NOW HIRING: Summer Positions: WIld Child NS Educator (2 Positions)

We are looking for some people who are magical with children to help deliver Wild Child Forest School Programming for the summer in the Kearney Lake area of Bedford for our 2019 Summer Season. Our ideal candidate would love being outside in all weathers, enjoy playing & supervising children, with an eye for safety and risk management.

About Sierra Club Canada Foundation

Sierra Club Canada Foundation empowers people to protect, restore and enjoy a healthy and safe planet. SCCF’s objective is to protect and restore the health of the natural environment, including communities, by empowering Sierra Club members and its citizens through education and action.

Sierra Club Canada Foundation is committed to creating a diverse work environment and is proud to be an equal opportunity employer.

Wild Child Forest School is a project of Sierra Club Canada Foundation that provides child-led, play-based learning through repeated exposure to nature. At forest school we empower children to take the lead on their learning in a natural setting over time, which may mean getting wet, dirty, making stuff with tools, and learn to extend their limits in a thoughtful and intentional way. Our program takes place entirely outside, so the ideal candidate would be comfortable in an outdoor setting for 8 hours a day.

To find out more about our programs visit wildchildatlantic.ca

Tasks and Responsibilities

As part of the staffing team, you will:

  • Contribute to the development & delivery Wild Child Forest School programming with the Wild Child NS leaders.
  • Lead songs, tell stories, inspire enthusiasm, share knowledge, and create a positive atmosphere for children in a natural setting
  • Support the development of a child’s ability to navigate risks
  • Mediate conflicts between participants maintaining dignity and respect for everyone involved
  • Ensure proper protocols and Safe Work Practices are enacted
  • Foster curiosity and excitement about nature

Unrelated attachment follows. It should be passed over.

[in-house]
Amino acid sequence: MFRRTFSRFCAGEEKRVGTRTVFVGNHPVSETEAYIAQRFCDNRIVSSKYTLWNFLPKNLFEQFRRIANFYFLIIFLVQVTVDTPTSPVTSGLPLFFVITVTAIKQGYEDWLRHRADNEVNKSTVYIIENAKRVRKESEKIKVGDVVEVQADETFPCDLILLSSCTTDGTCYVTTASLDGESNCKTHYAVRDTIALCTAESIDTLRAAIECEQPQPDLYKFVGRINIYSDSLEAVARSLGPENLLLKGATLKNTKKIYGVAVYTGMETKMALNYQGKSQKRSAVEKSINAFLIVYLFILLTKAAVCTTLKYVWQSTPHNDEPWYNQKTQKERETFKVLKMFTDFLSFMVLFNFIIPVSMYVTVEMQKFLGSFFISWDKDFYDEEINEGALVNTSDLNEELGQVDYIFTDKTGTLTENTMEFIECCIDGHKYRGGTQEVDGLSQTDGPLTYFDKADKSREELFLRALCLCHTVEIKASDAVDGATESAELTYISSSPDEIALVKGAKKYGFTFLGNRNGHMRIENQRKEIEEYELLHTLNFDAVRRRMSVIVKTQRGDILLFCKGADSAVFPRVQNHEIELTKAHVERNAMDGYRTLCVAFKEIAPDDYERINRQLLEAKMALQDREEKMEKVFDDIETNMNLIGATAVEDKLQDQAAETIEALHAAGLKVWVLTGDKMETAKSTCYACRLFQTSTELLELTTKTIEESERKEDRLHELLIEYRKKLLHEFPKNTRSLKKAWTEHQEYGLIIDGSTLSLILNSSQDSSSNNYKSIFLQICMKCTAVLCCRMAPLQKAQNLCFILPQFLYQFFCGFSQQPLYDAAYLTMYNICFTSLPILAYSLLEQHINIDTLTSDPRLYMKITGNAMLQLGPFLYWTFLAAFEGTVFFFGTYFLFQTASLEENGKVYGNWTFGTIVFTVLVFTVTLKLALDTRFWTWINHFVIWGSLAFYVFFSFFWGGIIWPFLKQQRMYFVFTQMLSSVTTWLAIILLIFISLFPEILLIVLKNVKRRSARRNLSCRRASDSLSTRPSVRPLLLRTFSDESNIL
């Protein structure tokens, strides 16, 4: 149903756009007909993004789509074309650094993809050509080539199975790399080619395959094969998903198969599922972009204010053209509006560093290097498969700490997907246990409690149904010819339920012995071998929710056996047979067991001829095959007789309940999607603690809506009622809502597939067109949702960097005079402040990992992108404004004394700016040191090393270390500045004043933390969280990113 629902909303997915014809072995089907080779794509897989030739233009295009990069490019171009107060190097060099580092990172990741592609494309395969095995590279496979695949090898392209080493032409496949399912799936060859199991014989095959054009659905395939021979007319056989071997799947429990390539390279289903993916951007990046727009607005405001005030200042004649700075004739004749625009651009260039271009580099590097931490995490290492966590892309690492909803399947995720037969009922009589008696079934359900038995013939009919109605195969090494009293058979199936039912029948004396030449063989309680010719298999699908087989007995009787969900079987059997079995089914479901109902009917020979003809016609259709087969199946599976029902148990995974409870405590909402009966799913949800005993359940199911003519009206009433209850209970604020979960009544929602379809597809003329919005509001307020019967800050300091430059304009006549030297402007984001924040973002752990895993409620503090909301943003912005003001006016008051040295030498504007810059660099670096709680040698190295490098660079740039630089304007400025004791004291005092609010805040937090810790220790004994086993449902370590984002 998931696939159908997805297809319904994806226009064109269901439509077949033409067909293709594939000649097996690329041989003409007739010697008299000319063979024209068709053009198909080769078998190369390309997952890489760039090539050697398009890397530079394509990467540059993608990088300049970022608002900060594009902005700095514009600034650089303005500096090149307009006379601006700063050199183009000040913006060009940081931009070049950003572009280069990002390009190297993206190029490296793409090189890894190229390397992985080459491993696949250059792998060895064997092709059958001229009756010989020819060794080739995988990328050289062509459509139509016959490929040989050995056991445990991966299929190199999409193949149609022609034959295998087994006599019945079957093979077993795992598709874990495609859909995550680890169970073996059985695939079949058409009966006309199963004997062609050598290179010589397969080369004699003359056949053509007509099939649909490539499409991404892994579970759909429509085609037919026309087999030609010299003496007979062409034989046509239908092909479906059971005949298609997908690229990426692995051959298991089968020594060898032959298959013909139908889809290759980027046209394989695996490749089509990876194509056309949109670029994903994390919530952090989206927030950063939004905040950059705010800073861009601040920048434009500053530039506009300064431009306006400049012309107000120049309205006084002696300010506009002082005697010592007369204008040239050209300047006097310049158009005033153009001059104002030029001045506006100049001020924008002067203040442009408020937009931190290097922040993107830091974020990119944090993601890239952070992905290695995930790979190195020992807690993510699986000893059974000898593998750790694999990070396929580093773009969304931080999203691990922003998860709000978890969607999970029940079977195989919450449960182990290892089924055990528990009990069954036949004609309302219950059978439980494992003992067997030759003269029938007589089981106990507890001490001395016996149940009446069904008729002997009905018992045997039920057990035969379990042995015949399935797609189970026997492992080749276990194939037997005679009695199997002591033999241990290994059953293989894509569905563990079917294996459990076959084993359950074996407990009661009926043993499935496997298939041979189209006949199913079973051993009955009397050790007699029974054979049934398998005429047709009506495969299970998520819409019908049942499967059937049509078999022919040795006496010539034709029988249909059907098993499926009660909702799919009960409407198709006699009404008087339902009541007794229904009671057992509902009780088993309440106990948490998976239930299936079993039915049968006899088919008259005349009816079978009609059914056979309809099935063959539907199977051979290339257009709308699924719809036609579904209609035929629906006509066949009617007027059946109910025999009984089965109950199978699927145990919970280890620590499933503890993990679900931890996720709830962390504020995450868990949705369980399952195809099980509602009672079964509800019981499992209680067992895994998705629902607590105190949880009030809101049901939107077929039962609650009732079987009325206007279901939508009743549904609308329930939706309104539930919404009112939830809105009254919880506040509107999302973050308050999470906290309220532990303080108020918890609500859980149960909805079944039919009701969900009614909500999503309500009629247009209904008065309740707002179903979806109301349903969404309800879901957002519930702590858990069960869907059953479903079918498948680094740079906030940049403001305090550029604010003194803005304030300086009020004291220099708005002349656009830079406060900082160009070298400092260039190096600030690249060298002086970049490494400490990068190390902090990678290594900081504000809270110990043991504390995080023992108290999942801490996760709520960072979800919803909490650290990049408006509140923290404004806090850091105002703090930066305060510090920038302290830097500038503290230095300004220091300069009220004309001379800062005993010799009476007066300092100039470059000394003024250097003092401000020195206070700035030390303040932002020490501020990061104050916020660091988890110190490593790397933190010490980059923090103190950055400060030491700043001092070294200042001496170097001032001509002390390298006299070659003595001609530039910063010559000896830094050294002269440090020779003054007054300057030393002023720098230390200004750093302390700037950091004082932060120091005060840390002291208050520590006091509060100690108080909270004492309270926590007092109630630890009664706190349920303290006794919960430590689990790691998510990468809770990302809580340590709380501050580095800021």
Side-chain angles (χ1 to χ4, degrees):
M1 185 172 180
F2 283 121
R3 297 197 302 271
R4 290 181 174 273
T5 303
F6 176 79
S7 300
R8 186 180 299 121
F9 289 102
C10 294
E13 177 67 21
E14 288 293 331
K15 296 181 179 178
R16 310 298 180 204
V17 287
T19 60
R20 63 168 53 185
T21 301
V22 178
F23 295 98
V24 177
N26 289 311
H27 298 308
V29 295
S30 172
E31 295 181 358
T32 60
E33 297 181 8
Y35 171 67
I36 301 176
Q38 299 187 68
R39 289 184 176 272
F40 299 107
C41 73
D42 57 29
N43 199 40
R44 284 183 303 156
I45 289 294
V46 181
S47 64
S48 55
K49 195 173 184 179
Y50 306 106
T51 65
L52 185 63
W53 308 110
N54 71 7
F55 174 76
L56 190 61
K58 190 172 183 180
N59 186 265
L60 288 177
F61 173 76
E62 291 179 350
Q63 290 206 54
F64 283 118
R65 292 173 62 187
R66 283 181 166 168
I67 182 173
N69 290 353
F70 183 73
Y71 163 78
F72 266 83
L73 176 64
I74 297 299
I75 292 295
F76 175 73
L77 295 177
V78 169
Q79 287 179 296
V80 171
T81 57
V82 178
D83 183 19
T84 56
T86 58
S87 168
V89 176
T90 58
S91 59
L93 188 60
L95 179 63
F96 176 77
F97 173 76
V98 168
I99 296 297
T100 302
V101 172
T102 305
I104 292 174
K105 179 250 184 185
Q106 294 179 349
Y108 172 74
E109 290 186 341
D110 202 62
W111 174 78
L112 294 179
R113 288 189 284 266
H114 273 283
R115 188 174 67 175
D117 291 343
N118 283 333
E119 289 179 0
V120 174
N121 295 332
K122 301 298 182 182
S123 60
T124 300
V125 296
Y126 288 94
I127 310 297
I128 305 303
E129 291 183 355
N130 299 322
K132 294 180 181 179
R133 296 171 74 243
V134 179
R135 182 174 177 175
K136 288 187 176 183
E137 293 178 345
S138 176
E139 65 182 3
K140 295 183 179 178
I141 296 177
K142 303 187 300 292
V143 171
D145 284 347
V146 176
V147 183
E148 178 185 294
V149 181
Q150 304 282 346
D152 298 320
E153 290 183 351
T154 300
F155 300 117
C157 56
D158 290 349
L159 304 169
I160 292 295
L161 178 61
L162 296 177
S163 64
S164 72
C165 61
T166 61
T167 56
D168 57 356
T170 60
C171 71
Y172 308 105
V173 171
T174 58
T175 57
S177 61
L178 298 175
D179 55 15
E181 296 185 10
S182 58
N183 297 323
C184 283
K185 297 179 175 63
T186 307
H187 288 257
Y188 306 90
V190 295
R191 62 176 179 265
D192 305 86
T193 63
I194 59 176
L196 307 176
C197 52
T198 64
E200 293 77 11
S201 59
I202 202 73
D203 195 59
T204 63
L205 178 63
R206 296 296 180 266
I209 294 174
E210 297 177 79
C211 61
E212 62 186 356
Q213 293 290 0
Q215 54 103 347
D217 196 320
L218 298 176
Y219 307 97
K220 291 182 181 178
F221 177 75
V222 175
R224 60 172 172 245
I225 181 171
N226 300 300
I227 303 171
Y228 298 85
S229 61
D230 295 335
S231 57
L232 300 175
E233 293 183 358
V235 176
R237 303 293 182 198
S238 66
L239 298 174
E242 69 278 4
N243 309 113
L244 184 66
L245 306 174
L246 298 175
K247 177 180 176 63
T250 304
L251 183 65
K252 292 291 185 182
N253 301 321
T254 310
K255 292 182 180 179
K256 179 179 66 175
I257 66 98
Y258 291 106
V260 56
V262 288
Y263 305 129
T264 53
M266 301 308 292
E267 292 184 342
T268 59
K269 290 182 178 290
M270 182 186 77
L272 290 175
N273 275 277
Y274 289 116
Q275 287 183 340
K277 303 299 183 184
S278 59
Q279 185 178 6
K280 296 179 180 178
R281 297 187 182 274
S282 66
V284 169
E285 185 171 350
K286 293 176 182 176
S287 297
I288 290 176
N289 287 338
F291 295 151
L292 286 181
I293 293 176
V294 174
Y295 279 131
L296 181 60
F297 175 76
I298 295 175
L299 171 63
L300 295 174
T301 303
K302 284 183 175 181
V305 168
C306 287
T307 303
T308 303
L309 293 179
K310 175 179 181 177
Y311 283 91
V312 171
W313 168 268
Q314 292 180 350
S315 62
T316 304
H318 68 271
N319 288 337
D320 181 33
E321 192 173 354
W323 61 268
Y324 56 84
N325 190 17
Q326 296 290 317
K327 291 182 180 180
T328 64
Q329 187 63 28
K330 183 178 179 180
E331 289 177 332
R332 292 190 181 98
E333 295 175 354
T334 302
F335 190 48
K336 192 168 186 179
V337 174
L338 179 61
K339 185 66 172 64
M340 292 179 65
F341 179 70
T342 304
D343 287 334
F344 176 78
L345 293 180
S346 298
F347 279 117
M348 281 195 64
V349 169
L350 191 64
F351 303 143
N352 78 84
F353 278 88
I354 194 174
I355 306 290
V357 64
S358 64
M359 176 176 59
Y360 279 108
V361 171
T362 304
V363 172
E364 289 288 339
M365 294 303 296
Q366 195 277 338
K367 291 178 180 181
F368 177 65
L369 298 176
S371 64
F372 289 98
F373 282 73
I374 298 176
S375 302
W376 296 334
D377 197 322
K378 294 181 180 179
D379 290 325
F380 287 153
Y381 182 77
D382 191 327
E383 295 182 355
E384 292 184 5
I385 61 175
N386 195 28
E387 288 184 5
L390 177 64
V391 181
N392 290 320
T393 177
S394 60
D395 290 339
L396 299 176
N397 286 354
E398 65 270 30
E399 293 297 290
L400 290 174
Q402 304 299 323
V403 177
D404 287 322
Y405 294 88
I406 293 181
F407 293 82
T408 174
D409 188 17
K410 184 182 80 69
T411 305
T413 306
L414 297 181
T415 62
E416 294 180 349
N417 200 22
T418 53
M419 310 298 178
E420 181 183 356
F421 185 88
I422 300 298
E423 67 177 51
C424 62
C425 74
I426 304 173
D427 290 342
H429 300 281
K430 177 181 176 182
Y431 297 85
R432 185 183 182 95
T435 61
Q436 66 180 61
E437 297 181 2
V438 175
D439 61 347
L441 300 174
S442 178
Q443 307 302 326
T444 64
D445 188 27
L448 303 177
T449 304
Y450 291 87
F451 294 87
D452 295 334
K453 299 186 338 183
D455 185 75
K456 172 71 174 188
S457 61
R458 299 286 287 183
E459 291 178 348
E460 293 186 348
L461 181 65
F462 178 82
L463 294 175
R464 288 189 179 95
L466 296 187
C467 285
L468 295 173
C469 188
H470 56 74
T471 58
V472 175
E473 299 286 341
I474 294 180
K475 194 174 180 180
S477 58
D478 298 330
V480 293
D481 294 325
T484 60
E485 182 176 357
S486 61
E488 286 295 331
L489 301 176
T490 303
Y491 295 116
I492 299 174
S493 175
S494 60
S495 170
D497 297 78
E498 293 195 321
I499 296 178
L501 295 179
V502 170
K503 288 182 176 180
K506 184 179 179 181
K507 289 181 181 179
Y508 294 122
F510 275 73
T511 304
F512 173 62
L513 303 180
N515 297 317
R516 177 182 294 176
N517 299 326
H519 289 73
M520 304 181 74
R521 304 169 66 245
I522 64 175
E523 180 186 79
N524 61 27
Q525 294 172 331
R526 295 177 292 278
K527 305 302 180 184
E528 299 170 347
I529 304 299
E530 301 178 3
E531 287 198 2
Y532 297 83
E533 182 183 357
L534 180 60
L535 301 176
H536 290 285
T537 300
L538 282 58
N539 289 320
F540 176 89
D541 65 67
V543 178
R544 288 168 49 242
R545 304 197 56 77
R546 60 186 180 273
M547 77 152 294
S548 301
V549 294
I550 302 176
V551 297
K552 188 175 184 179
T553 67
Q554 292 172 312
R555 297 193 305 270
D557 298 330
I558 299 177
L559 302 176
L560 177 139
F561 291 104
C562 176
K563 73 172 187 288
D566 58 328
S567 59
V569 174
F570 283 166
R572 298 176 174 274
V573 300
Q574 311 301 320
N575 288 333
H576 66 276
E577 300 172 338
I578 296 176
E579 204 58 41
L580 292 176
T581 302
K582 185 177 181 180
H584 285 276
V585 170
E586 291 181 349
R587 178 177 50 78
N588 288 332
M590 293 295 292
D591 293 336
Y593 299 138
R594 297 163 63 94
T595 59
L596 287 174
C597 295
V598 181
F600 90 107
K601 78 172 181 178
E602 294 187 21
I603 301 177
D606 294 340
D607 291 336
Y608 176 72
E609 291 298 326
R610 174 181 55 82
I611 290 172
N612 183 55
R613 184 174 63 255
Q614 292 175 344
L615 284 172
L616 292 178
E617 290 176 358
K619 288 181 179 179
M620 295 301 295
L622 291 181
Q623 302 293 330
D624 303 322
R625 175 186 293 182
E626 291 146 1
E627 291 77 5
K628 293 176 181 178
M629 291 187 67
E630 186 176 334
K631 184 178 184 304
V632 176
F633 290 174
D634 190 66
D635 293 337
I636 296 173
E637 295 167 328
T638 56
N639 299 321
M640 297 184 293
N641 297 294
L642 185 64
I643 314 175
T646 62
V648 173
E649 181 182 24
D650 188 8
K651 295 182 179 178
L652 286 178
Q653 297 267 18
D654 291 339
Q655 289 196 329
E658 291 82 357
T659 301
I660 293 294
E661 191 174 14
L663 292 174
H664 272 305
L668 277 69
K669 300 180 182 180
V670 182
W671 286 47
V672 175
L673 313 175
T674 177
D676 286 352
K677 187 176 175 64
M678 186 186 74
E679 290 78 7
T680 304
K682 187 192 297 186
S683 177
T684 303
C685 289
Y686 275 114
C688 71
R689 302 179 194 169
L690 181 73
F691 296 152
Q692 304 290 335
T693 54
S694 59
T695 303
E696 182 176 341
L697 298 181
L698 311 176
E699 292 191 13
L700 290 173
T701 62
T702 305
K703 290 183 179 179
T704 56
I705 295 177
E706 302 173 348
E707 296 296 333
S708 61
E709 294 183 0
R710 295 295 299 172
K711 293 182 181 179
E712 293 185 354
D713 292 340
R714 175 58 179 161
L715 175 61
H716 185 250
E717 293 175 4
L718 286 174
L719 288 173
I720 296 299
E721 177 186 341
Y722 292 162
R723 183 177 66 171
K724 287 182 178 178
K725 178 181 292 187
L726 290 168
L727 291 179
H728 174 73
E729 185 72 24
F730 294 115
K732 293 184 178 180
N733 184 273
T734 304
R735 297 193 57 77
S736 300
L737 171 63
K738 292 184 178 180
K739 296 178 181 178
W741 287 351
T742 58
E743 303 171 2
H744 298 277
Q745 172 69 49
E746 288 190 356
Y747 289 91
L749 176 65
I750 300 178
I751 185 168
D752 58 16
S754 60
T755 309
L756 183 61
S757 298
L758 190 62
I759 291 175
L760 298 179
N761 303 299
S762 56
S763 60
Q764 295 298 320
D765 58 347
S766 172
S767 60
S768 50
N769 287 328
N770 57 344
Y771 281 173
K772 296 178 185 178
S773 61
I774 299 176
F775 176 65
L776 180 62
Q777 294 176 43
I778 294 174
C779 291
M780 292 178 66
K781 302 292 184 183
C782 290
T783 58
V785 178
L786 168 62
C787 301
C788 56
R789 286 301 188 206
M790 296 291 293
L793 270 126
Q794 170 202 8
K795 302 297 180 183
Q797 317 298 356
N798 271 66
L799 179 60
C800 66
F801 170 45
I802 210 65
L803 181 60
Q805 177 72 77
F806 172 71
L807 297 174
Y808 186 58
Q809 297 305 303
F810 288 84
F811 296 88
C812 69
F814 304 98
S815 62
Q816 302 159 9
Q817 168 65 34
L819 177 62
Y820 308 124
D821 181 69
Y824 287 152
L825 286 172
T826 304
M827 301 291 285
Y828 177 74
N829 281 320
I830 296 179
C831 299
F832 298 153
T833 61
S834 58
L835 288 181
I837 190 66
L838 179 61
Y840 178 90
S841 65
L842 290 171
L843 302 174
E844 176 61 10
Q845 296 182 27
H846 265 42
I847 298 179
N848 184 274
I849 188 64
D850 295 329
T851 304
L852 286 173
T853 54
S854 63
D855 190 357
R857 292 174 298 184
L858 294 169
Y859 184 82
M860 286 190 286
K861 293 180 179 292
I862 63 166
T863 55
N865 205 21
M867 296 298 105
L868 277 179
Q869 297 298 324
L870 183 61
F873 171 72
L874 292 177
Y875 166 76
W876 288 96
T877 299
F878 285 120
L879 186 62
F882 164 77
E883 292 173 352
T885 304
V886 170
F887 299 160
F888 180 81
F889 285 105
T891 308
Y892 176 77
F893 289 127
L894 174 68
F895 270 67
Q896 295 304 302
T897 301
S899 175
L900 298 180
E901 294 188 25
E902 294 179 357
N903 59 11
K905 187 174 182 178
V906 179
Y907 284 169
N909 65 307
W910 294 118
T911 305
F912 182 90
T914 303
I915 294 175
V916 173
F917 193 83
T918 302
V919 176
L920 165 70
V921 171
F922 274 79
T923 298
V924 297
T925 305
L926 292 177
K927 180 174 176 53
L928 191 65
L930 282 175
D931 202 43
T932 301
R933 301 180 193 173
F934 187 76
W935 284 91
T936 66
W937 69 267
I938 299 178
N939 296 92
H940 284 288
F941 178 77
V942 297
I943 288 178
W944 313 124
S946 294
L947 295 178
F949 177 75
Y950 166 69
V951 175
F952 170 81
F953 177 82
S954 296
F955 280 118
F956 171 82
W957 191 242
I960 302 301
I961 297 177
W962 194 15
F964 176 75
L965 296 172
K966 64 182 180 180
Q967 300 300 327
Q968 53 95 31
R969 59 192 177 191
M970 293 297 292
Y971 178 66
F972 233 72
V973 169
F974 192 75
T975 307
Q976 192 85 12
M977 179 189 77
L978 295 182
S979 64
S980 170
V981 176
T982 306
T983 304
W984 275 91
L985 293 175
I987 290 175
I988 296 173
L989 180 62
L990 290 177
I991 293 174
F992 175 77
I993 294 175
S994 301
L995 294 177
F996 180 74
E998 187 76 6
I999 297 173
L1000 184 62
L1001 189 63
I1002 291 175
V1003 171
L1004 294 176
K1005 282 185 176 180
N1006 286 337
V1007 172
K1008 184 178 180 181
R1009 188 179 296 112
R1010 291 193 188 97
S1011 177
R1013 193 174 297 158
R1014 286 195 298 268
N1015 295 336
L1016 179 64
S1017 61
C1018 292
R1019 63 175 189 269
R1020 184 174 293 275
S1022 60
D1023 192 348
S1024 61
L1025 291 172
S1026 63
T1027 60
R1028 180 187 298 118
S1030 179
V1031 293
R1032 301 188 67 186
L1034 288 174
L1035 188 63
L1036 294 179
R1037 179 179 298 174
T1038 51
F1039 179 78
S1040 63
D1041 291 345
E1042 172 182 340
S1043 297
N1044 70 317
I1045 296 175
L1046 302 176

• Maintain session notes and contributions to social media platforms

Qualifications

This position is a Canada Summer Job position and candidates must:

  • be between 15 and 30 years of age at the start of the employment;
  • be a Canadian citizen, permanent resident, or person to whom refugee protection has been conferred under the Immigration and Refugee Protection Act for the duration of the employment*; and,
  • have a valid Social Insurance Number at the start of employment and be legally entitled to work in Canada in accordance with relevant provincial or territorial legislation and regulations.

The program’s broader objectives as part of the Youth Employment Strategy are to improve the labour market participation of Canadian youth.

*International students are not eligible participants. International students include anyone who is temporarily in Canada for studies and who is not a Canadian citizen, permanent resident, or person who has been granted refugee status in Canada.

As an educator, we would like for you to have:

  • Some post-secondary training in a relevant area (Early Childhood Education, Science (Ecology, Biology, etc.) , Psychology, Education, etc.) or sufficient qualifying experience
  • Be an excellent communicator and team player with attention for details
  • Have previous experience working with children
  • Love nature and being outside in it (this include bugs, getting dirty, & playing in the rain)
  • Have a positive fun attitude, yet professional approach

Applicants must also be prepared to provide a clean Criminal Records Check with Vulnerable Sector Screen and a clear Child Abuse Registry Search.

Valid First Aid with AED/CPR-C or Wilderness First Aid would be considered an asset.

Valid Driver’s License and access to a reliable car would also be considered an asset.

Dates and Times of Work

This position will be 10 weeks in length with potential for part-time/casual work in the Fall. This position starts Monday, June 24th to Friday, August 30st,

Hours of work are Monday to Friday from 8:30am to 4:30pm, with 2 holidays Mondays off during the summer.

Remuneration: $13/hr, 40hours/week for 10 weeks

Deadline: Midnight on Sunday, June 9th, If you think you are the ideal candidate, please apply early.